When Celia and I were walking in a rainy Burgess Park this afternoon, a man walking towards us said, “Hello, my name is Corona Virus”. He was smiling, as if it were a joke, he didn’t stop, he just walked on. Celia and I looked at each other. I said something like “unfortunate name” and then, “why would anyone say that?” Under her umbrella, Celia shrugged.
Rain was forecast for today so it was hardly a surprise. It hadn’t started when I woke up, but the temperature had definitely dropped and the skies were that exhausted greyish white. Rather like someone who has been badly ill now I think of it. When the rain came it was serious. Your average London rain is a desultory drizzle or an intense shower that drenches you immediately and then stops. This was the real deal. I found it rather exotic after days and days of blue skies and sunshine.
My intention was start my tax return several months earlier than usual. I opened up a file, sorted out headings and stopped. You’d have thought a rainy day ideal for starting a tax return, but something in me was refusing. I read some of The Mirror and the Light, stripped the bed ready for when the rain stops and I do the weekly linen wash, finished Saturday’s Guardian. I bought a hard copy for the first time in weeks. The thin Guide was a startling reminder of how all entertainment venues are closed.
At eleven, I joined Celia and Charlie at the end of the square where we observed a minute’s silence for the key workers who have died in the UK so far during this pandemic. Celia had directed me while I was still drinking my morning coffee to John Crace’s piece in ten Guardian. She is kinder to/about Johnson than I am, and felt Crace had made the point while still respecting Johnson is recovering. Make up your own minds. You can read it here.
I used to merely despise Johnson. As Mayor of London he was a disaster. Now I loathe him. I didn’t want him to die when he fell ill, but I should like to see him retire and do something harmless. However his return to work, or rather the office, since work and Johnson are not well acquainted, was apparently desired by senior Tories who felt his charm was needed to get us, or at least the government, through this crisis. Johnson’s charm eludes me. He must have it or why would people vote for him? They certainly don’t vote for his coherent policies and strategic planning because he doesn’t have any. I suppose it’s like fox pee. Some people can smell it. Some people can’t. I can, and I infinitely prefer it to Johnson. I do however feel if he needs to convalesce he should be allowed to do so.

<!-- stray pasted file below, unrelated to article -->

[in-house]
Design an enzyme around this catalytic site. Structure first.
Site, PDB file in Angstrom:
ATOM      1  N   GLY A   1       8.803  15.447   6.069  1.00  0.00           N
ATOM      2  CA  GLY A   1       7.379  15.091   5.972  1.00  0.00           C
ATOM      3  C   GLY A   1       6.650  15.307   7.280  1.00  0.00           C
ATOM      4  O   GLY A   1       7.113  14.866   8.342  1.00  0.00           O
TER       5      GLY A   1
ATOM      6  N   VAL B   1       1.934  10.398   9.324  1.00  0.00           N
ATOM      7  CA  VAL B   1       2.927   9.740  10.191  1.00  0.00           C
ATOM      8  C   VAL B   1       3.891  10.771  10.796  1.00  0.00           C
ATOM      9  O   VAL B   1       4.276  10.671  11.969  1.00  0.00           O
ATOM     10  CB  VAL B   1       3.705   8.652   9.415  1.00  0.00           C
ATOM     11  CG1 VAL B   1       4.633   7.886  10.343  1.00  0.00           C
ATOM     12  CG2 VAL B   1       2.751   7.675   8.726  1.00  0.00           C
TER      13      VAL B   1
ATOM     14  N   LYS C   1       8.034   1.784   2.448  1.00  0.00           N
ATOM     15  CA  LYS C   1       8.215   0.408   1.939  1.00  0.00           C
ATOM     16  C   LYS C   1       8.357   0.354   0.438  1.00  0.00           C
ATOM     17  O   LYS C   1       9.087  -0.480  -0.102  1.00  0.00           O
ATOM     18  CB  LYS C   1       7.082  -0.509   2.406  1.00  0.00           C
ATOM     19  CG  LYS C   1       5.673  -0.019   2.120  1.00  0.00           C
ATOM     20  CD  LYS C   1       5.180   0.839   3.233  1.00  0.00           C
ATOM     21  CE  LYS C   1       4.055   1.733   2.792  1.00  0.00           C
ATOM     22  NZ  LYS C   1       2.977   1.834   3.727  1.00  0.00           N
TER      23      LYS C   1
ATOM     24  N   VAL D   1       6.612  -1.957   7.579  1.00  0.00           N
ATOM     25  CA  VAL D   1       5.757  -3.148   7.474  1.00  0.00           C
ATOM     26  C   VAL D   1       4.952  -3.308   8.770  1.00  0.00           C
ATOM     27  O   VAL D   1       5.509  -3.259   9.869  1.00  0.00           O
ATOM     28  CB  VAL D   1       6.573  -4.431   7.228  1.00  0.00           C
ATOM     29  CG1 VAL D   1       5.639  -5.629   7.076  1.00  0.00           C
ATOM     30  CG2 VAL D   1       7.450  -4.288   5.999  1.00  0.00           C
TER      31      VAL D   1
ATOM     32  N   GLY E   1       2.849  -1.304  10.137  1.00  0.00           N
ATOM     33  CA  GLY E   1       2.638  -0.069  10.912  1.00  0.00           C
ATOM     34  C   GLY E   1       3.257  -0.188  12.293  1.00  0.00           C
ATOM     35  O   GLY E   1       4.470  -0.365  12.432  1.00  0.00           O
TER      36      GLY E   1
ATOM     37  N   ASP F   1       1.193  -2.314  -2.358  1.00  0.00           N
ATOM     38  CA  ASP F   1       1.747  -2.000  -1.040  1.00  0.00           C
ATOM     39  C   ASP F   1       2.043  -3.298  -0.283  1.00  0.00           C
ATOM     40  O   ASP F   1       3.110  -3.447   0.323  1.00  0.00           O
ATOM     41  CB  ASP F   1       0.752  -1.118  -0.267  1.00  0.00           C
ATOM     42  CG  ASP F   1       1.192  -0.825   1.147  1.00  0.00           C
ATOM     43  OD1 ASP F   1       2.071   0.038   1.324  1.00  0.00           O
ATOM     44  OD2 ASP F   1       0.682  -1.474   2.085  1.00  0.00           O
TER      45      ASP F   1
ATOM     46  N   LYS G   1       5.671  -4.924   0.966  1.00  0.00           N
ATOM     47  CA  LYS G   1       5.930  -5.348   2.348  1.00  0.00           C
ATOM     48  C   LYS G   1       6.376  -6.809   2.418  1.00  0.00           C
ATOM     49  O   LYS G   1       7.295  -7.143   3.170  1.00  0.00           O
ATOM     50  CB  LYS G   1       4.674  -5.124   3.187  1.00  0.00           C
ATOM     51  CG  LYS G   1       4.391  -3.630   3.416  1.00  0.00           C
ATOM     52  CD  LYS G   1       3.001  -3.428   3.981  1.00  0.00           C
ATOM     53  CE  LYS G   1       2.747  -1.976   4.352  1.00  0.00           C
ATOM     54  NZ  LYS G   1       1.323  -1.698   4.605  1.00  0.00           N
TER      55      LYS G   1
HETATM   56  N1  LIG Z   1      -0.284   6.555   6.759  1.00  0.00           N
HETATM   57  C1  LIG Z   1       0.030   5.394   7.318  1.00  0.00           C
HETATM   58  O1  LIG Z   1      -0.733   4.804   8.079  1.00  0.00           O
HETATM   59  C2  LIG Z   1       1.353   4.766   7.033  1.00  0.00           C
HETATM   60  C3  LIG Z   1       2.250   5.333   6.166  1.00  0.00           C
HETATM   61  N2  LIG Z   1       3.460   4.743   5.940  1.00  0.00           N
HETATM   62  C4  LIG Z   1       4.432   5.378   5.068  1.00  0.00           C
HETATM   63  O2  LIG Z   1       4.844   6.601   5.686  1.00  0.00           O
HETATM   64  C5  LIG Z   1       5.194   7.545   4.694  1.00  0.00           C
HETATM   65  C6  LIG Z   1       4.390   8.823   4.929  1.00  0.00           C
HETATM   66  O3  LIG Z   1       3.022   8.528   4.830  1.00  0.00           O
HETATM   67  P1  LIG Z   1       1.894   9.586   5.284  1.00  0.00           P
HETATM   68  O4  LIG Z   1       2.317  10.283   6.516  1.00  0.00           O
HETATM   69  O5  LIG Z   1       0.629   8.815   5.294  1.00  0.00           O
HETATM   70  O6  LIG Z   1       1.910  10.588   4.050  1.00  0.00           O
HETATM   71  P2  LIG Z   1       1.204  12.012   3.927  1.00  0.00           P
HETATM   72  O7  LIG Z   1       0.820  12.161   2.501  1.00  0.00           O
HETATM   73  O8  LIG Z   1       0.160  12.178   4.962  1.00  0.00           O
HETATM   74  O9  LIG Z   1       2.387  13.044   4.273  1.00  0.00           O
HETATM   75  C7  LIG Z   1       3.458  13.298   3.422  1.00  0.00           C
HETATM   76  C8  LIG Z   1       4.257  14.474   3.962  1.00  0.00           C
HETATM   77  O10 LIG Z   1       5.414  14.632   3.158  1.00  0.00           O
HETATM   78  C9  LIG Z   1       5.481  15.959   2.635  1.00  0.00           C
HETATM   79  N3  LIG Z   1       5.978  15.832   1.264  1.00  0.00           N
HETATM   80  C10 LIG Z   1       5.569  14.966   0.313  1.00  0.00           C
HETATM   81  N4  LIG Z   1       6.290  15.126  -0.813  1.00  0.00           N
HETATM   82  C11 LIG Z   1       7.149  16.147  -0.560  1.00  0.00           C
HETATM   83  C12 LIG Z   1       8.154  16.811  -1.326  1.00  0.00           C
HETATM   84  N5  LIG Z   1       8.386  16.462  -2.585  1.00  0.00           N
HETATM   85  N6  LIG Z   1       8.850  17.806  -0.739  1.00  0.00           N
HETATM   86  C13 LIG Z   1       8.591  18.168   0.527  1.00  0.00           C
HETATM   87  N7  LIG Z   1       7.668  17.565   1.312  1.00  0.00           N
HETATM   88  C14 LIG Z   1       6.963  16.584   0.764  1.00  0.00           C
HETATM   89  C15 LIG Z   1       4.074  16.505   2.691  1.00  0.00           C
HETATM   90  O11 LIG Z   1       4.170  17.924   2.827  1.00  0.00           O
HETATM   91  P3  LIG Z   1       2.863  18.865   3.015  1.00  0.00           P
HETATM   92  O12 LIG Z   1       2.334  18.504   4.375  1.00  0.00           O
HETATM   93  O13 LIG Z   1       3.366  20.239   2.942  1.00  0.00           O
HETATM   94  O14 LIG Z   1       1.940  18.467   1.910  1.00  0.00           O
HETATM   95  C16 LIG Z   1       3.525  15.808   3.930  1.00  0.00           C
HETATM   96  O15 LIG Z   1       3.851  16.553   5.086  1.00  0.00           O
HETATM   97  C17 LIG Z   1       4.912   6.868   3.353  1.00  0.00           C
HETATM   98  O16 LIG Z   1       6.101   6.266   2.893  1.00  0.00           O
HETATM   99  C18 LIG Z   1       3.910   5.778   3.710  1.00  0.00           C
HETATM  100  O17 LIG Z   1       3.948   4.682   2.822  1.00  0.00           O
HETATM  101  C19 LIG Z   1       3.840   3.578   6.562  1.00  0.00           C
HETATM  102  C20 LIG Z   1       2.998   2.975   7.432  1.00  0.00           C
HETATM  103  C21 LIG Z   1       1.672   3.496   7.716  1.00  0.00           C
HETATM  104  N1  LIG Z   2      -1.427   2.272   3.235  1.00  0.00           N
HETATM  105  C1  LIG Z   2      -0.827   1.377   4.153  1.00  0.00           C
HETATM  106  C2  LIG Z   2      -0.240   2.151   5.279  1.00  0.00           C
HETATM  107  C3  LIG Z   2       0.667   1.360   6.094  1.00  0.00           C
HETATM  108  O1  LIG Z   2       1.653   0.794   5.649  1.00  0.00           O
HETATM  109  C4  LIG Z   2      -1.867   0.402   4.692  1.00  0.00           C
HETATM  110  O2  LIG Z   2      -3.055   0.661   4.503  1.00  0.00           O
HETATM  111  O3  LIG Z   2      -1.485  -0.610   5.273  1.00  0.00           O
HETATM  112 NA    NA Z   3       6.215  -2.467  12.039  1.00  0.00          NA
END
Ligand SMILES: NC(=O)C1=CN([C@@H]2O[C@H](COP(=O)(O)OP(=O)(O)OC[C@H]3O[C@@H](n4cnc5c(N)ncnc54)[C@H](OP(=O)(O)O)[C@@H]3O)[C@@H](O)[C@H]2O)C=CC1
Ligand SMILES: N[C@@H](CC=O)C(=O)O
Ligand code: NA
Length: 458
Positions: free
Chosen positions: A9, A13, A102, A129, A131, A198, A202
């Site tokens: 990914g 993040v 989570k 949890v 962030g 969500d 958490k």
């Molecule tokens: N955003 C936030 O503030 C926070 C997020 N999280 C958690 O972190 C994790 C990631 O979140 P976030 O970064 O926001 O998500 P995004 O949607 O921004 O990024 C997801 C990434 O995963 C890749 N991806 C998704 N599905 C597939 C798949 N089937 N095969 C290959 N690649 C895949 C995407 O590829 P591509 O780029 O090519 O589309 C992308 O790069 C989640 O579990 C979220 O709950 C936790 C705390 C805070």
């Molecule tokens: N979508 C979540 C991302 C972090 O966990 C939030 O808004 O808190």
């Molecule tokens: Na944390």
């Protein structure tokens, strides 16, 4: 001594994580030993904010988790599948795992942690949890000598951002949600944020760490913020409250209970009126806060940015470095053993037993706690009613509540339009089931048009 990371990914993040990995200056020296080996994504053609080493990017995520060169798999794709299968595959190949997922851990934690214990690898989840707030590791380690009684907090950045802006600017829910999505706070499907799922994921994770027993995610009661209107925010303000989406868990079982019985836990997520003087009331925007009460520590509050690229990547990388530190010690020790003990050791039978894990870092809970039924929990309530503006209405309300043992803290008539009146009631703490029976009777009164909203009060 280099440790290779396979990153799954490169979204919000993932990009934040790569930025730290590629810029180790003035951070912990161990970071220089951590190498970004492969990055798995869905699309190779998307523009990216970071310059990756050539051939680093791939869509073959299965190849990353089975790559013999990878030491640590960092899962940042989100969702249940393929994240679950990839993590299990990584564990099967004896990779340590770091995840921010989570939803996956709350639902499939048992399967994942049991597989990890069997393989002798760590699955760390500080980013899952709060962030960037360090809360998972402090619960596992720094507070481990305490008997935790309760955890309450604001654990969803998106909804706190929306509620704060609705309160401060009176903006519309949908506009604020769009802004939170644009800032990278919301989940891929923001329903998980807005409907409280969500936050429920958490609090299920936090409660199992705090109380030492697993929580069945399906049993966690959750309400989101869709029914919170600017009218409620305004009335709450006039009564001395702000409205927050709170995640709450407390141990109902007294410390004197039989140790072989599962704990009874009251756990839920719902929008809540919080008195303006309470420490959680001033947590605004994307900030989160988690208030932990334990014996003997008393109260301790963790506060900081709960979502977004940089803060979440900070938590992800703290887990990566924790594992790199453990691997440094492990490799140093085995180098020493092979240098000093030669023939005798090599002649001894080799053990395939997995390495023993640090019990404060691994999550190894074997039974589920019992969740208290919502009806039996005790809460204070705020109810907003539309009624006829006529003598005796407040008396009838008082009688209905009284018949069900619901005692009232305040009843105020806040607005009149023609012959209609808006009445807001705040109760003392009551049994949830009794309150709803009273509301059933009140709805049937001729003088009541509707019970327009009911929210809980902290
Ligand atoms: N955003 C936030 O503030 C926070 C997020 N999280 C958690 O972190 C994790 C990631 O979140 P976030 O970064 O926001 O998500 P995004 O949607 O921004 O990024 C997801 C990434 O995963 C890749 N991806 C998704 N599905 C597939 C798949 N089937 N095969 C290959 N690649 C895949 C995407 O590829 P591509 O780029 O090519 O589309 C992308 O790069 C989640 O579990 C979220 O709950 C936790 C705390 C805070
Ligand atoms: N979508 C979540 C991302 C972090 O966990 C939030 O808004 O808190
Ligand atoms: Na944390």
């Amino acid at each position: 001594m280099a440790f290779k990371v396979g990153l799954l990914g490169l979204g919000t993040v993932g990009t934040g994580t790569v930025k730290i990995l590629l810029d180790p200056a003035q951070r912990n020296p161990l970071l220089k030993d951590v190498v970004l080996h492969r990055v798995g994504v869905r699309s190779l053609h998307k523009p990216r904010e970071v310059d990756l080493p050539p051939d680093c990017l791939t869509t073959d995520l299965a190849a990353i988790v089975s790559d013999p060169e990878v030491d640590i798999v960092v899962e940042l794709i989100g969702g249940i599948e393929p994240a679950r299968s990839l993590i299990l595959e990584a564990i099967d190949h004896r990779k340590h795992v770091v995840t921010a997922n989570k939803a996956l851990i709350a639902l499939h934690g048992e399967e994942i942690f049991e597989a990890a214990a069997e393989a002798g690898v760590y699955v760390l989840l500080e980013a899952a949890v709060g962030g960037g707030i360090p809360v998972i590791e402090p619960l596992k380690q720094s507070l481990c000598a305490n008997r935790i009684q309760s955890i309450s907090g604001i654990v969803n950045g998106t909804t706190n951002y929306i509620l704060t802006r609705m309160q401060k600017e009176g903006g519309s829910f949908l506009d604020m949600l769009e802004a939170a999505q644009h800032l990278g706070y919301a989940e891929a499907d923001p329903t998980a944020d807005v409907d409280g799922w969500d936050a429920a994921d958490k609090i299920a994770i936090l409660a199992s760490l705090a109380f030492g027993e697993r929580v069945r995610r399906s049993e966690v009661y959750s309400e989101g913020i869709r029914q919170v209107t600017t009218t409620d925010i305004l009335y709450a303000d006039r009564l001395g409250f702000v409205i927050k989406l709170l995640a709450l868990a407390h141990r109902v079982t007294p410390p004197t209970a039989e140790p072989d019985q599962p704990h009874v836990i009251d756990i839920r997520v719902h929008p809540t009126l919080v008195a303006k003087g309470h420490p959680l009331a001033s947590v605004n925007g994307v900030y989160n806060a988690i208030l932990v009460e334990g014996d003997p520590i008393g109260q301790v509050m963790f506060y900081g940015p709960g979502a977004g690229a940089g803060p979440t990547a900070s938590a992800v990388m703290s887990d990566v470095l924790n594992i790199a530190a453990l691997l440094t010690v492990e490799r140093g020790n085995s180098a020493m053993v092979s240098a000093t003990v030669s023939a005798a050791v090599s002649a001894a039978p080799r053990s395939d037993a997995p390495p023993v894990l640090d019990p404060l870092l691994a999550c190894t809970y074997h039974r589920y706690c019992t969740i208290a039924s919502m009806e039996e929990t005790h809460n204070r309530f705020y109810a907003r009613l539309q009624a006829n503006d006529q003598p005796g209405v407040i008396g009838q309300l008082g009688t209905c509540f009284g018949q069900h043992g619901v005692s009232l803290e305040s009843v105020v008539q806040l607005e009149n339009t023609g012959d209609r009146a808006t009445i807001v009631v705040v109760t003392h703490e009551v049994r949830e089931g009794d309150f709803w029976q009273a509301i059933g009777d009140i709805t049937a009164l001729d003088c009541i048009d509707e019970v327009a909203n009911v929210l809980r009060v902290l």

Anyway, that’s enough about him for the moment, or possibly for ever.
I read a bit more of The Mirror and the Light which is superb. I don’t know what else is in the running for the Man Booker this year, but Mantel has to be a contender. If she doesn’t win it’ll be an outstanding novel that gets the prize. However, my concentration since lockdown is not great, so I stopped. This book is too good to read with less than full attention. I broke up the last jigsaw and decided to do one I received for my birthday last year. It’s less than half the number of pieces than the ones I’ve been doing these last weeks, but the pieces are extraordinary shapes. There are dogs, birds, strange things that look like undersea creatures. they’d make beautiful jewellery. I’ll take a picture tomorrow.
Then I called Celia. When we met in the morning we agreed we’d go out if the rain eased. It had. Like me, she felt she hadn’t achieved a great deal in the day. The only goal was a trip to Longdan to buy tofu. We set off to Burgess Park. I have been avoiding this open space, and I think Celia has too. Bordered by main roads it gets very busy. Too busy for my liking. We guessed correctly that the rain would have reduced the number of visitors. It also reduced the number of photos I took, but I did manage these.
I’m not sure what this is about but I liked it.
The flowers looked beautiful in the rain.
When we left the park we saw this combination of flags and a banner. The flags made me uneasy, they suggested a nationalistic mindset.
I was happier with these window boxes in a nearby street.
Longdan is never busy, but there are usually several customers roaming its aisles. Celia has not been shopping since lockdown. There is a new plantbased section with its own entrance next door. I suggested Celia shelter there as I have never been in there with more than one other customer, so it seemed a safe option. Also I wanted some pizza bases I could get there, and I’d be popping in there once the tofu run was complete.
Well, what a success. Celia was the only customer. She had the run of the shop, a shop she had never been inside before, and she liked what she found. By the time I joined her her arms were full of delights. Next time she’ll need to borrow Charlie’s trolley, or hire a van.
So we began the walk home on a high, stopping to watch the rolling video showing how we should be washing our hands plus a message from Her Maj looking fetching in a green dress and pearl necklace.
I can’t speak for Celia, but our walk and little shopping trip brought a shine to the day, even if I did have to change my jeans for something drier when I got in.
Stay well, keep safe.